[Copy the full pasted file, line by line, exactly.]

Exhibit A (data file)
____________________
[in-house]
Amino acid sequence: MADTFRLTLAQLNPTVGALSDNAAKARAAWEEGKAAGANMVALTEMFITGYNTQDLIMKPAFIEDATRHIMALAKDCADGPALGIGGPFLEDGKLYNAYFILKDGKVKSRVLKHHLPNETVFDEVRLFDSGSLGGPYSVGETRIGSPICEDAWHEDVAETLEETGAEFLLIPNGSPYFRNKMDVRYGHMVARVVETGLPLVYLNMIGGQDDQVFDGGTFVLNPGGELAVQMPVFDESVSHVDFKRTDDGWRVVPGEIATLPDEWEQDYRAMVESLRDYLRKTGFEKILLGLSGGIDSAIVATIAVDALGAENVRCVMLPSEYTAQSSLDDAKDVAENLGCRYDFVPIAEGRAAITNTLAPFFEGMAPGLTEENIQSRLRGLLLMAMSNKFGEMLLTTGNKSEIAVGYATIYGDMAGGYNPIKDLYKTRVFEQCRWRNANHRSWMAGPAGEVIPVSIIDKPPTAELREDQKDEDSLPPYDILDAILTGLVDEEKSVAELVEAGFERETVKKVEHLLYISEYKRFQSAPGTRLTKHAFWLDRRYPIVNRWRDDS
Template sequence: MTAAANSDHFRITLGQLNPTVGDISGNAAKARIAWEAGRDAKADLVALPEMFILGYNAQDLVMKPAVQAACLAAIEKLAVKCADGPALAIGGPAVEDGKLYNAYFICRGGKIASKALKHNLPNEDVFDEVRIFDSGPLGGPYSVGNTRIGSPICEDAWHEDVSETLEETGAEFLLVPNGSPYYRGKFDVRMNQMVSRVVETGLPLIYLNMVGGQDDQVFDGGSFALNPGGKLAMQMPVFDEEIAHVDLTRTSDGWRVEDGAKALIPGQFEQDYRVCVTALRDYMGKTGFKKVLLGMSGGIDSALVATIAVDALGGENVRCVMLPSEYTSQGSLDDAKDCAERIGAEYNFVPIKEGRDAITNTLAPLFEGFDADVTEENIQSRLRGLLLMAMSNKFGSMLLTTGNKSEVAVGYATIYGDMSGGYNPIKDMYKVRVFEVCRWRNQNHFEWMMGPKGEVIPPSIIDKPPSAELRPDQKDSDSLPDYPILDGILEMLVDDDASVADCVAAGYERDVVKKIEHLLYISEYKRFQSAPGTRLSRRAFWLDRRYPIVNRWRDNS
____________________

[in-house]
Amino acid sequence: MADTFRLTLAQLNPTVGALSDNAAKARAAWEEGKAAGANMVALTEMFITGYNTQDLIMKPAFIEDATRHIMALAKDCADGPALGIGGPFLEDGKLYNAYFILKDGKVKSRVLKHHLPNETVFDEVRLFDSGSLGGPYSVGETRIGSPICEDAWHEDVAETLEETGAEFLLIPNGSPYFRNKMDVRYGHMVARVVETGLPLVYLNMIGGQDDQVFDGGTFVLNPGGELAVQMPVFDESVSHVDFKRTDDGWRVVPGEIATLPDEWEQDYRAMVESLRDYLRKTGFEKILLGLSGGIDSAIVATIAVDALGAENVRCVMLPSEYTAQSSLDDAKDVAENLGCRYDFVPIAEGRAAITNTLAPFFEGMAPGLTEENIQSRLRGLLLMAMSNKFGEMLLTTGNKSEIAVGYATIYGDMAGGYNPIKDLYKTRVFEQCRWRNANHRSWMAGPAGEVIPVSIIDKPPTAELREDQKDEDSLPPYDILDAILTGLVDEEKSVAELVEAGFERETVKKVEHLLYISEYKRFQSAPGTRLTKHAFWLDRRYPIVNRWRDDS
Template sequence: MTAAANSDHFRITLGQLNPTVGDISGNAAKARIAWEAGRDAKADLVALPEMFILGYNAQDLVMKPAVQAACLAAIEKLAVKCADGPALAIGGPAVEDGKLYNAYFICRGGKIASKALKHNLPNEDVFDEVRIFDSGPLGGPYSVGNTRIGSPICEDAWHEDVSETLEETGAEFLLVPNGSPYYRGKFDVRMNQMVSRVVETGLPLIYLNMVGGQDDQVFDGGSFALNPGGKLAMQMPVFDEEIAHVDLTRTSDGWRVEDGAKALIPGQFEQDYRVCVTALRDYMGKTGFKKVLLGMSGGIDSALVATIAVDALGGENVRCVMLPSEYTSQGSLDDAKDCAERIGAEYNFVPIKEGRDAITNTLAPLFEGFDADVTEENIQSRLRGLLLMAMSNKFGSMLLTTGNKSEVAVGYATIYGDMSGGYNPIKDMYKVRVFEVCRWRNQNHFEWMMGPKGEVIPPSIIDKPPSAELRPDQKDSDSLPDYPILDGILEMLVDDDASVADCVAAGYERDVVKKIEHLLYISEYKRFQSAPGTRLSRRAFWLDRRYPIVNRWRDNS